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Getting Started

Protocols

Protocols are a mechanism to achieve polymorphism in Elixir when you want behavior to vary depending on the data type. We are already familiar with one way of solving this type of problem: via pattern matching and guard clauses. Consider a simple utility module that would tell us the type of input variable:

defmodule Utility do
  def type(value) when is_binary(value), do: "string"
  def type(value) when is_integer(value), do: "integer"
  # ... other implementations ...
end

If the use of this module were confined to your own project, you would be able to keep defining new type/1 functions for each new data type. However, this code could be problematic if it were shared as a dependency by multiple apps because there would be no easy way to extend its functionality.

This is where protocols can help us: protocols allow us to extend the original behavior for as many data types as we need. That’s because dispatching on a protocol is available to any data type that has implemented the protocol and a protocol can be implemented by anyone, at any time.

Here’s how we could write the same Utility.type/1 functionality as a protocol:

defprotocol Utility do
  @spec type(t) :: String.t()
  def type(value)
end

defimpl Utility, for: BitString do
  def type(_value), do: "string"
end

defimpl Utility, for: Integer do
  def type(_value), do: "integer"
end

We define the protocol using defprotocol - its functions and specs may look similar to interfaces or abstract base classes in other languages. We can add as many implementations as we like using defimpl. The output is exactly the same as if we had a single module with multiple functions:

iex> Utility.type("foo")
"string"
iex> Utility.type(123)
"integer"

With protocols, however, we are no longer stuck having to continuously modify the same module to support more and more data types. For example, we could get the defimpl calls above and spread them over multiple files and Elixir will dispatch the execution to the appropriate implementation based on the data type. Functions defined in a protocol may have more than one input, but the dispatching will always be based on the data type of the first input.

One of the most common protocols you may encounter is the String.Chars protocol: implementing its to_string/1 function for your custom structs will tell the Elixir kernel how to represent them as strings. We will explore all built-in protocols later. For now, let’s implement our own.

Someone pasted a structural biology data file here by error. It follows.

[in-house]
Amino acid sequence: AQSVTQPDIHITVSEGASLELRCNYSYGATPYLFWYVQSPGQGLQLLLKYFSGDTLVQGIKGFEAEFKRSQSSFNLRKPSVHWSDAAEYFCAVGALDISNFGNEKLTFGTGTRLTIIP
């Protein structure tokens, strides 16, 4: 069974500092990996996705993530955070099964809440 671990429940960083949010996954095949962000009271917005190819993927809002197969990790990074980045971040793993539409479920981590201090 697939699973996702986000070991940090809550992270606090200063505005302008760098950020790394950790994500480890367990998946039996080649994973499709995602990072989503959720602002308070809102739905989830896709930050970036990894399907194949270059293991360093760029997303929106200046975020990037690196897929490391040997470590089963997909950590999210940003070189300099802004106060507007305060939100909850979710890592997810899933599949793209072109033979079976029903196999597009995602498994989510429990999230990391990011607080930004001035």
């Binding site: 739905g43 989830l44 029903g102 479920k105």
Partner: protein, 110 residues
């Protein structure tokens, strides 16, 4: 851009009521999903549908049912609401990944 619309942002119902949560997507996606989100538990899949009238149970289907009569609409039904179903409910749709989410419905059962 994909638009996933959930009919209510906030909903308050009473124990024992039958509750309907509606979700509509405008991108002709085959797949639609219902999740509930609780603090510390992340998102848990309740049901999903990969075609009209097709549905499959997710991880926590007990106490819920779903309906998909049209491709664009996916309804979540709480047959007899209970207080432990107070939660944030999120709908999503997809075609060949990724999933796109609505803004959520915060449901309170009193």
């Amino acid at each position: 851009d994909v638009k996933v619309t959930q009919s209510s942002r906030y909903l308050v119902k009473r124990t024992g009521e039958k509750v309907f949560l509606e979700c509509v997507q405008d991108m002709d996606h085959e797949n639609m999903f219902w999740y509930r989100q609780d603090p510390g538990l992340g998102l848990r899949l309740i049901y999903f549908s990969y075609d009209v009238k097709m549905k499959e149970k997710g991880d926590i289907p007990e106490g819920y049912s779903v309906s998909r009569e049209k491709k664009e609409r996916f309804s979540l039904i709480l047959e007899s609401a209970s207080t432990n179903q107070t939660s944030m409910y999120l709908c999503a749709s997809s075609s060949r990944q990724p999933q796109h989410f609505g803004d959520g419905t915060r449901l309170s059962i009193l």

Example

Now that you have seen an example of the type of problem protocols help solve and how they solve them, let’s look at a more in-depth example.

In Elixir, we have two idioms for checking how many items there are in a data structure: length and size. length means the information must be computed. For example, length(list) needs to traverse the whole list to calculate its length. On the other hand, tuple_size(tuple) and byte_size(binary) do not depend on the tuple and binary size as the size information is pre-computed in the data structure.

Even if we have type-specific functions for getting the size built into Elixir (such as tuple_size/1), we could implement a generic Size protocol that all data structures for which size is pre-computed would implement.

The protocol definition would look like this:

defprotocol Size do
  @doc "Calculates the size (and not the length!) of a data structure"
  def size(data)
end

The Size protocol expects a function called size that receives one argument (the data structure we want to know the size of) to be implemented. We can now implement this protocol for the data structures that would have a compliant implementation:

defimpl Size, for: BitString do
  def size(string), do: byte_size(string)
end

defimpl Size, for: Map do
  def size(map), do: map_size(map)
end

defimpl Size, for: Tuple do
  def size(tuple), do: tuple_size(tuple)
end

We didn’t implement the Size protocol for lists as there is no “size” information pre-computed for lists, and the length of a list has to be computed (with length/1).

Now with the protocol defined and implementations in hand, we can start using it:

iex> Size.size("foo")
3
iex> Size.size({:ok, "hello"})
2
iex> Size.size(%{label: "some label"})
1

Passing a data type that doesn’t implement the protocol raises an error:

iex> Size.size([1, 2, 3])
** (Protocol.UndefinedError) protocol Size not implemented for [1, 2, 3]

It’s possible to implement protocols for all Elixir data types:

  • Atom
  • BitString
  • Float
  • Function
  • Integer
  • List
  • Map
  • PID
  • Port
  • Reference
  • Tuple

Protocols and structs

The power of Elixir’s extensibility comes when protocols and structs are used together.

In the previous chapter, we have learned that although structs are maps, they do not share protocol implementations with maps. For example, MapSets (sets based on maps) are implemented as structs. Let’s try to use the Size protocol with a MapSet: